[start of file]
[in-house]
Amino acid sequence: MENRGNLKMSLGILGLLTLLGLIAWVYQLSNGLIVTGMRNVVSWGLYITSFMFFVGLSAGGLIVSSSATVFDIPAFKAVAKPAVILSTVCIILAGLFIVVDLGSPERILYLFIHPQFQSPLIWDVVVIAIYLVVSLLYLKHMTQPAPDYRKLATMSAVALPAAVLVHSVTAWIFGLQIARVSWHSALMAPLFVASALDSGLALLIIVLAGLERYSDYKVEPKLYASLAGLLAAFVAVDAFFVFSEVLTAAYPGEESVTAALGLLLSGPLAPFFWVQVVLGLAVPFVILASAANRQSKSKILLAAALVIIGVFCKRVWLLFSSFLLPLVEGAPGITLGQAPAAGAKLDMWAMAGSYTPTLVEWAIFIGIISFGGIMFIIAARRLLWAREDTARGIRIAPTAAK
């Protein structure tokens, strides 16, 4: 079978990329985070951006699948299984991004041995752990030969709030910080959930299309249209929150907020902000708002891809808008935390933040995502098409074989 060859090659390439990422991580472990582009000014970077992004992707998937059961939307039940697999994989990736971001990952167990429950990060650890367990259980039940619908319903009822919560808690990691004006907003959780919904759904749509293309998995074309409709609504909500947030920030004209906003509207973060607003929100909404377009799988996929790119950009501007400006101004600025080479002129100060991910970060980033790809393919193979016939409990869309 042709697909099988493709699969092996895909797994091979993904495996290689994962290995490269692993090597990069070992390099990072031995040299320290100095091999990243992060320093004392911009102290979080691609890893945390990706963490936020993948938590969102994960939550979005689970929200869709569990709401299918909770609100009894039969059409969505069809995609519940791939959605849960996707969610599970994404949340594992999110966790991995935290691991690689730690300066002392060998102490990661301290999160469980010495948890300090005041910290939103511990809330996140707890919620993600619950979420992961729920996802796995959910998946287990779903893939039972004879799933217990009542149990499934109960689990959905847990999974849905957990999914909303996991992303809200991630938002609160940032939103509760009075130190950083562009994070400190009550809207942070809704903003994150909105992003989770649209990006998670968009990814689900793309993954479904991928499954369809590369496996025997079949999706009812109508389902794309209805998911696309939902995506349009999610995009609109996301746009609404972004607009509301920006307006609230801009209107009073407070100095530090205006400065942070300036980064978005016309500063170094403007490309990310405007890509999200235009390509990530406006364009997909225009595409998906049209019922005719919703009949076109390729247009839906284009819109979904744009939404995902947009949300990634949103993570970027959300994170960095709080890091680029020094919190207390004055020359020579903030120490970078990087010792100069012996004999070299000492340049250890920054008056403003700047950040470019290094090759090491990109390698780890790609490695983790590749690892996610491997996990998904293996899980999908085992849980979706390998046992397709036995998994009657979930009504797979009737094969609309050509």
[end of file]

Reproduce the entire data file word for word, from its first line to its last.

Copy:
[in-house]
Amino acid sequence: MENRGNLKMSLGILGLLTLLGLIAWVYQLSNGLIVTGMRNVVSWGLYITSFMFFVGLSAGGLIVSSSATVFDIPAFKAVAKPAVILSTVCIILAGLFIVVDLGSPERILYLFIHPQFQSPLIWDVVVIAIYLVVSLLYLKHMTQPAPDYRKLATMSAVALPAAVLVHSVTAWIFGLQIARVSWHSALMAPLFVASALDSGLALLIIVLAGLERYSDYKVEPKLYASLAGLLAAFVAVDAFFVFSEVLTAAYPGEESVTAALGLLLSGPLAPFFWVQVVLGLAVPFVILASAANRQSKSKILLAAALVIIGVFCKRVWLLFSSFLLPLVEGAPGITLGQAPAAGAKLDMWAMAGSYTPTLVEWAIFIGIISFGGIMFIIAARRLLWAREDTARGIRIAPTAAK
């Protein structure tokens, strides 16, 4: 079978990329985070951006699948299984991004041995752990030969709030910080959930299309249209929150907020902000708002891809808008935390933040995502098409074989 060859090659390439990422991580472990582009000014970077992004992707998937059961939307039940697999994989990736971001990952167990429950990060650890367990259980039940619908319903009822919560808690990691004006907003959780919904759904749509293309998995074309409709609504909500947030920030004209906003509207973060607003929100909404377009799988996929790119950009501007400006101004600025080479002129100060991910970060980033790809393919193979016939409990869309 042709697909099988493709699969092996895909797994091979993904495996290689994962290995490269692993090597990069070992390099990072031995040299320290100095091999990243992060320093004392911009102290979080691609890893945390990706963490936020993948938590969102994960939550979005689970929200869709569990709401299918909770609100009894039969059409969505069809995609519940791939959605849960996707969610599970994404949340594992999110966790991995935290691991690689730690300066002392060998102490990661301290999160469980010495948890300090005041910290939103511990809330996140707890919620993600619950979420992961729920996802796995959910998946287990779903893939039972004879799933217990009542149990499934109960689990959905847990999974849905957990999914909303996991992303809200991630938002609160940032939103509760009075130190950083562009994070400190009550809207942070809704903003994150909105992003989770649209990006998670968009990814689900793309993954479904991928499954369809590369496996025997079949999706009812109508389902794309209805998911696309939902995506349009999610995009609109996301746009609404972004607009509301920006307006609230801009209107009073407070100095530090205006400065942070300036980064978005016309500063170094403007490309990310405007890509999200235009390509990530406006364009997909225009595409998906049209019922005719919703009949076109390729247009839906284009819109979904744009939404995902947009949300990634949103993570970027959300994170960095709080890091680029020094919190207390004055020359020579903030120490970078990087010792100069012996004999070299000492340049250890920054008056403003700047950040470019290094090759090491990109390698780890790609490695983790590749690892996610491997996990998904293996899980999908085992849980979706390998046992397709036995998994009657979930009504797979009737094969609309050509």